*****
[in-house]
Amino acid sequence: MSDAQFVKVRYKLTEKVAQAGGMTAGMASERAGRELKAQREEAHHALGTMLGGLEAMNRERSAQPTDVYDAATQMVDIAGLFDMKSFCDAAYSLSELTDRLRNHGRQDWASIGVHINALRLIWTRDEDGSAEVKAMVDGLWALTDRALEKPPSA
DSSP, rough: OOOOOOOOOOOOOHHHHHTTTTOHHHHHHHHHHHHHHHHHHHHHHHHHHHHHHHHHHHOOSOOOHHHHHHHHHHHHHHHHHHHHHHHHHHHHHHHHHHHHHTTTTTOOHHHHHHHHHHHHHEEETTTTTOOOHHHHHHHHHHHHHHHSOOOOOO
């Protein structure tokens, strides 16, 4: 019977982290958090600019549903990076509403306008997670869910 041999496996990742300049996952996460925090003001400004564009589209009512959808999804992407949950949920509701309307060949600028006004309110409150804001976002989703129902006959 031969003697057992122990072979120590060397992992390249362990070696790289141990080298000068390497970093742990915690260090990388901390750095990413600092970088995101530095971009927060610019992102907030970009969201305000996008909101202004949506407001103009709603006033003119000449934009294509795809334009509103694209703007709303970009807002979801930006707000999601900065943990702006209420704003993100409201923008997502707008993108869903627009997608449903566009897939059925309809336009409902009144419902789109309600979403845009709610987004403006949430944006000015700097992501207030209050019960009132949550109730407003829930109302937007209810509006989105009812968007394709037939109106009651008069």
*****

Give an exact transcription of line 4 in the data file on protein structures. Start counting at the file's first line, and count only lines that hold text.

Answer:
């Protein structure tokens, strides 16, 4: 019977982290958090600019549903990076509403306008997670869910 041999496996990742300049996952996460925090003001400004564009589209009512959808999804992407949950949920509701309307060949600028006004309110409150804001976002989703129902006959 031969003697057992122990072979120590060397992992390249362990070696790289141990080298000068390497970093742990915690260090990388901390750095990413600092970088995101530095971009927060610019992102907030970009969201305000996008909101202004949506407001103009709603006033003119000449934009294509795809334009509103694209703007709303970009807002979801930006707000999601900065943990702006209420704003993100409201923008997502707008993108869903627009997608449903566009897939059925309809336009409902009144419902789109309600979403845009709610987004403006949430944006000015700097992501207030209050019960009132949550109730407003829930109302937007209810509006989105009812968007394709037939109106009651008069």